Catholicism as a Motivation for Bigotry Against the LGBTIQ Community in 2021: A Case Study

This article was originally published in 2021.

Malta has once more topped the LGBTIQ rights index by far, for the 6th consecutive year, after having made notable strides toward a society that embraces its members of the said community. The state recently included sex characteristics as protected grounds in the Refugees Act and has allowed for the legal recognition of non-binary persons, not to mention it instituted legal gender recognition procedures for minors.1 A testimony of the government’s commitment to egalitarianism. As we celebrate this achievement one can not help but wonder how other parts of the world are faring.

In the past twenty years, Pew Research Center statistics have unveiled the growing global trend of acceptance concerning homosexuality. Close to a dozen countries, such as Kenya, have had a double-figure increase in the amount of surveyees declaring that LGBTIQ members should be accepted by society. Developed and more affluent countries have led the way in this progression, with nations such as the Netherlands and Sweden having over 90% of respondents of the Pew’s 2020 report endorsing more acceptance. Unfortunately, this progressive trend has not been felt globally.2 

As we delve deeper into the new decade, the battle continues in the fight for equal treatment, as we shift our focus to certain Muslim and Catholic territories, whose affairs have shed light on some rather precarious circumstances. Here, rights which have been hard-fought are no longer assured and in certain regards are even being withheld.  


Homophobia has become rampant on the majority of Poland’s streets, when in little over a year, regions extending to a third of the country, have been transformed into “LGBT-free zones”, declaring themselves “free of LGBTQ ideology.”3 Although the zones themselves do not possess any legitimate authority and are mostly symbolic, it encourages those who believe in them to be more vocal about their views and actively attempt to impose them within society. Rather ironic given that this is exactly what these people vilify members of the LGBTIQ community for, when being open about their sexuality and sexual identity.  

“I’m more stressed. For the first time in my life I’m very, very scared,” Karolina Duzniak, a Polish citizen says, as she reflects on the growing tensions in her hometown with her girlfriend Ola Głowacka.4

Several Polish politicians have gone on to fan the flames of bigotry. Perhaps most notably is President Andrej Duda who referred to homosexuality as a foreign ideology which is “worse than communism.”5 Jarslaw Kaczynski, the governing party’s leader on the other hand went as far as to state that LGBTIQ members threaten the Polish state. The minister for education declared that “these people are not equal to normal people.”6 Not to mention Krakow’s archbishop’s statement that the country is under siege from a “rainbow plague.”7 Such homophobic rhetoric being uttered by the state and preached in churches, telling LGBTQ members they do not belong in Poland, as well as depicting them as dangerous, has led to increased hostility toward the queer community, making their members feel unsafe in their own country.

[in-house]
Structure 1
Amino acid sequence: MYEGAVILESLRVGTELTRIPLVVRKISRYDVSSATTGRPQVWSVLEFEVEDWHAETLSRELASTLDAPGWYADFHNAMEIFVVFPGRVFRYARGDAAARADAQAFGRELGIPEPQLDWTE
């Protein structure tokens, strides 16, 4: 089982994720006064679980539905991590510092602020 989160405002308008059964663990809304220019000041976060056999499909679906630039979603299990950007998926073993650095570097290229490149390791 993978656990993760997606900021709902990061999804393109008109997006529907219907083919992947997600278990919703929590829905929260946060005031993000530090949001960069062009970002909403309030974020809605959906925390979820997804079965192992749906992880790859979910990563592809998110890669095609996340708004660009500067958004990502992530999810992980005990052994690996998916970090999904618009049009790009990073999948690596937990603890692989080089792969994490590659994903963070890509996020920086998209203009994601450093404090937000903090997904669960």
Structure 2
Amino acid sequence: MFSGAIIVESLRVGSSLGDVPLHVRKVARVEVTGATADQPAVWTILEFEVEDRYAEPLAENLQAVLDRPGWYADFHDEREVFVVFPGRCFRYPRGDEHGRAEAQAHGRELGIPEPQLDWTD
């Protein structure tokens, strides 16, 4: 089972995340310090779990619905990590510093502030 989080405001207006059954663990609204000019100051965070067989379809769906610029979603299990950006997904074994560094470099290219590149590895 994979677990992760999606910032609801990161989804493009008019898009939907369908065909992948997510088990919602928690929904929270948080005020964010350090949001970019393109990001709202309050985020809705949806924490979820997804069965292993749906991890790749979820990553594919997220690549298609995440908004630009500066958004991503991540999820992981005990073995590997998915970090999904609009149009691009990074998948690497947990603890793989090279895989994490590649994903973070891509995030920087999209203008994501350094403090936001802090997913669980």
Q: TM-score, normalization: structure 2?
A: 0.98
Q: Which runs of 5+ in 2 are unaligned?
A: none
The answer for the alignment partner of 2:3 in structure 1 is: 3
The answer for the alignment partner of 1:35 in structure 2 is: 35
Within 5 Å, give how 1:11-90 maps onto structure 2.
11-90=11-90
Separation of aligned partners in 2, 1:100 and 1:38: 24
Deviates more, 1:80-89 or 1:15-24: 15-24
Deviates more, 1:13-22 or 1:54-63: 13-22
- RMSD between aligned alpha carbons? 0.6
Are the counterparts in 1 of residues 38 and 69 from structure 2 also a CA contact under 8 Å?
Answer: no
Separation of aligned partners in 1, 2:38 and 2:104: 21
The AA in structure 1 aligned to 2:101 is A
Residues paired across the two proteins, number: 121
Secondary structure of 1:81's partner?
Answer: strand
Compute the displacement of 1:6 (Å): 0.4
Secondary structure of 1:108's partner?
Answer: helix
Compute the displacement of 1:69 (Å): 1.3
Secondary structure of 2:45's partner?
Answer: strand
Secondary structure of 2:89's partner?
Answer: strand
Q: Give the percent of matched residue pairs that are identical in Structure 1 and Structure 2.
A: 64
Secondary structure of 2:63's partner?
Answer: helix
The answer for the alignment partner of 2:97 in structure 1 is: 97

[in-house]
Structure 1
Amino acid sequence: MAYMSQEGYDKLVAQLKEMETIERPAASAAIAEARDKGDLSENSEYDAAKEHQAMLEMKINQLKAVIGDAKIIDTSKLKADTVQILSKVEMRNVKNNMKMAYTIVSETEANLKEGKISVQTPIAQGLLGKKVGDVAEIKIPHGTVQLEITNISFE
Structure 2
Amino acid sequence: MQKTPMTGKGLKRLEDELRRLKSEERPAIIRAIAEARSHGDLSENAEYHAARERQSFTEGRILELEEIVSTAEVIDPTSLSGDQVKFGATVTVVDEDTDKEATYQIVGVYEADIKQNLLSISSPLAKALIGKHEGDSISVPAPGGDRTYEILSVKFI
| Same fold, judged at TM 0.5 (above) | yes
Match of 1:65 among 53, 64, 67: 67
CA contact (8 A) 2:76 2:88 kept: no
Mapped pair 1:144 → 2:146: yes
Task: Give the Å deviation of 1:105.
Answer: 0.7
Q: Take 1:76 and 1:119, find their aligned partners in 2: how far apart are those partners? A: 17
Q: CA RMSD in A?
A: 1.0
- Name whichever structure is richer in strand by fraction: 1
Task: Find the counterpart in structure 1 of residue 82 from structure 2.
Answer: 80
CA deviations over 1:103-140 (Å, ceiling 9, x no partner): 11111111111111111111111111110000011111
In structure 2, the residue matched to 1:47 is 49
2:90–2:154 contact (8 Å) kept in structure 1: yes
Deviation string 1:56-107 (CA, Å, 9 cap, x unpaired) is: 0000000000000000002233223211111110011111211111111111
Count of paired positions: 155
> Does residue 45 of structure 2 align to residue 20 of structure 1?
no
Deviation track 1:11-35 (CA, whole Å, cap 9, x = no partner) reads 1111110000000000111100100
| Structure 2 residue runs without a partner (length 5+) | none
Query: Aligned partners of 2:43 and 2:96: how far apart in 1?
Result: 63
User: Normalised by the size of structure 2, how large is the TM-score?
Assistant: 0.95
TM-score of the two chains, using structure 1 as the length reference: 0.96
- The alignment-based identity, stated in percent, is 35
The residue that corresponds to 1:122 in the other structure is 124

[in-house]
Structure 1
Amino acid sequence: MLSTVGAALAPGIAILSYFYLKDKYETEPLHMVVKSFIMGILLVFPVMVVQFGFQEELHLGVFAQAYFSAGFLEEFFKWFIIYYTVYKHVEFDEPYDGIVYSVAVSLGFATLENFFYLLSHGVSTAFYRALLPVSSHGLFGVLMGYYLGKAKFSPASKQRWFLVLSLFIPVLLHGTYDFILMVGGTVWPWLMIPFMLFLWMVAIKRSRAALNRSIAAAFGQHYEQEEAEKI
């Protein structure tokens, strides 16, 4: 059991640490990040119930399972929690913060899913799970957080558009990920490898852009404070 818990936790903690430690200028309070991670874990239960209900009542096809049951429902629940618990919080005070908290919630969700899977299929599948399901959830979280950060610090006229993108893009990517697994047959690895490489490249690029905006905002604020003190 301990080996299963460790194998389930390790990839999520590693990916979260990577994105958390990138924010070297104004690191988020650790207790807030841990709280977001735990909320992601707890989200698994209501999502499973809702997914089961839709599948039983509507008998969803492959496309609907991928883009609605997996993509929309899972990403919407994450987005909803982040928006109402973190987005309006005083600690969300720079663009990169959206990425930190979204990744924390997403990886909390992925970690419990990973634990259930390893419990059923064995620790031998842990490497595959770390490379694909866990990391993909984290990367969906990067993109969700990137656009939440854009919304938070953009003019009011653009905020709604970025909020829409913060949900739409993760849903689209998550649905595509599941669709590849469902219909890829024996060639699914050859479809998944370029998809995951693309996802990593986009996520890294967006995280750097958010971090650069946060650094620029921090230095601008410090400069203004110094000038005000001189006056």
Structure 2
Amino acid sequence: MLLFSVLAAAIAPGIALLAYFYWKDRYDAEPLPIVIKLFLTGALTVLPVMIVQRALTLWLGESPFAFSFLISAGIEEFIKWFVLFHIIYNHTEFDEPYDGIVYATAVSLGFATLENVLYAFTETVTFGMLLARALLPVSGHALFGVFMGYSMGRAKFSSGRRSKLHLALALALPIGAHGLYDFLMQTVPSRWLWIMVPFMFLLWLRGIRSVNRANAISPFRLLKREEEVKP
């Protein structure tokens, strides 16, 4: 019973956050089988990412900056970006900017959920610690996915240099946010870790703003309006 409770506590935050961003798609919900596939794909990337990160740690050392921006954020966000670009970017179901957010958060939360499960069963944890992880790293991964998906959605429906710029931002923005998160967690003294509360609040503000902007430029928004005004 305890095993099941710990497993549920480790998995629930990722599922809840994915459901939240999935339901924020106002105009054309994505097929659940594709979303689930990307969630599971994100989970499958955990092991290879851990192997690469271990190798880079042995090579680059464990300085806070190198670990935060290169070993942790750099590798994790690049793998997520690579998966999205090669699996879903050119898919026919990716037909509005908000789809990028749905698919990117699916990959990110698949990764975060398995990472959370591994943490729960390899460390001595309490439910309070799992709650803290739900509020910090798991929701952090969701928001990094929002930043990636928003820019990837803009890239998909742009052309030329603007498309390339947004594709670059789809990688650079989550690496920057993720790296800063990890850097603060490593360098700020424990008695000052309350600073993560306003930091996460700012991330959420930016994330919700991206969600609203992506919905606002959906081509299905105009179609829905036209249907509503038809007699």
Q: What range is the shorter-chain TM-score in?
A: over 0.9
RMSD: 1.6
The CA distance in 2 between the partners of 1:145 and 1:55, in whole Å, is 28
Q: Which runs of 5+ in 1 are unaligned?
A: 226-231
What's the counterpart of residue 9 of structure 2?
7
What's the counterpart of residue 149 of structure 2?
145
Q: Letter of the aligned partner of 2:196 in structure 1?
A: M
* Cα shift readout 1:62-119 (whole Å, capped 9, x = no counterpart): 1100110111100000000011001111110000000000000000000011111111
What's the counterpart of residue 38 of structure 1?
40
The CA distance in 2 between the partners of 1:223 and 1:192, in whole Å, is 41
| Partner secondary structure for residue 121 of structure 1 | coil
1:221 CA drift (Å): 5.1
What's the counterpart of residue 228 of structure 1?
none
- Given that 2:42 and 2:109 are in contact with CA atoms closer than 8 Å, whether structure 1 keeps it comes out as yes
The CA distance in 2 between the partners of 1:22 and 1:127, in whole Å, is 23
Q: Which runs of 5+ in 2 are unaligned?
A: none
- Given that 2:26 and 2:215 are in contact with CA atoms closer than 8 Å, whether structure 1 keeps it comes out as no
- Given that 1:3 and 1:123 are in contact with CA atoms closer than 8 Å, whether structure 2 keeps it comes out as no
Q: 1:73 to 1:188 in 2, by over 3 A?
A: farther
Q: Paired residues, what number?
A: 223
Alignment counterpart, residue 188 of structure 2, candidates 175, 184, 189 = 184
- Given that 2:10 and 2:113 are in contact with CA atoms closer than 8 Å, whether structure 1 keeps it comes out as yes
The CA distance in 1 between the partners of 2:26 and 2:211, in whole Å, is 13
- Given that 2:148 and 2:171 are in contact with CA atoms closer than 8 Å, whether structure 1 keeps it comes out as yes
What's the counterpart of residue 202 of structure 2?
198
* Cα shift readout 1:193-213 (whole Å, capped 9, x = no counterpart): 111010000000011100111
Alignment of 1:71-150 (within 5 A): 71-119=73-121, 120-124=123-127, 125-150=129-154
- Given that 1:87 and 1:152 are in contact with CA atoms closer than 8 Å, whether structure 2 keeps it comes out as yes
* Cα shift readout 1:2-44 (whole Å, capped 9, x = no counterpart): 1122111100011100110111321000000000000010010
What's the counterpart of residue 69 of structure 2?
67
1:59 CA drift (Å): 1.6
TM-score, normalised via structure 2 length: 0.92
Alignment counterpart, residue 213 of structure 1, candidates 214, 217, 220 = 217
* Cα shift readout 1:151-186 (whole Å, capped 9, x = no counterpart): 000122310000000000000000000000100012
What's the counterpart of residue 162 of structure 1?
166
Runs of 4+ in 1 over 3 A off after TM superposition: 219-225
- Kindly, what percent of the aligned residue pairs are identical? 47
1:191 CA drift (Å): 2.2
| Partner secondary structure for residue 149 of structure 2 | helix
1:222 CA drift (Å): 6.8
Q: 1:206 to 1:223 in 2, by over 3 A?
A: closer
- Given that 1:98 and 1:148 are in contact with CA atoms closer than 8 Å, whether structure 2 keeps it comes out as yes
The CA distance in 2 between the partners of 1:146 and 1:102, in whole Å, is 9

“It’s like I’m just less human than the other people,” states Ola Głowacka. “They can hold hands, they have children. Just because they’re like they are, they are better. But why?”8

The pursuit of intolerant, anti-LGBT legislation presented as a safeguard for traditional values has been compared to Russian tactics, notably an unwelcome similarity to draw in Poland. This being said, Moscow’s 2013 law banning LGBTIQ so called propaganda made use of a great deal of the same arguments, and harboured a similar global reaction.


Hungary’s state of affairs with regard to LGBTIQ rights, is deplorable to say the least. The government has become infamous for its restrictive LGBTIQ policies. Notoriously having excluded the possibility of same-sex marriage from the Hungarian constitution and having limited same-sex couples’ prospects of adoption. Its intolerance was also felt when it prohibited the legal acknowledgement of transgender people, not to mention its frequent depiction of homosexuality as an aberration.9 This anti-democratic drift has rightfully attracted the attention of the European Union and its member states, as a cause for concern.  

Hungarian Prime Minister Viktor Orban declared that the anti-LGBTQ constitutional amendment took place in an effort to reaffirm Christian Culture and the traditional definition of family and gender roles.  The amendment stipulates that “the mother (of a child) is female, the father is a male,”10 and goes on to declare solely married couples eligible to adopt children, essentially excluding homosexuals since same-sex marriage is prohibited. This amendment goes on to assign the state with “protecting the right of children to self-identify according to their sex at birth,”11 mandating that children are brought up “in accordance with the values based on Hungary’s constitutional identity and Christian culture.”12 However, this is only the latest in a series of laws pushing for christian family values, as last year, the Hungarian Parliament made it legally impossible for Hungarians to alter their gender.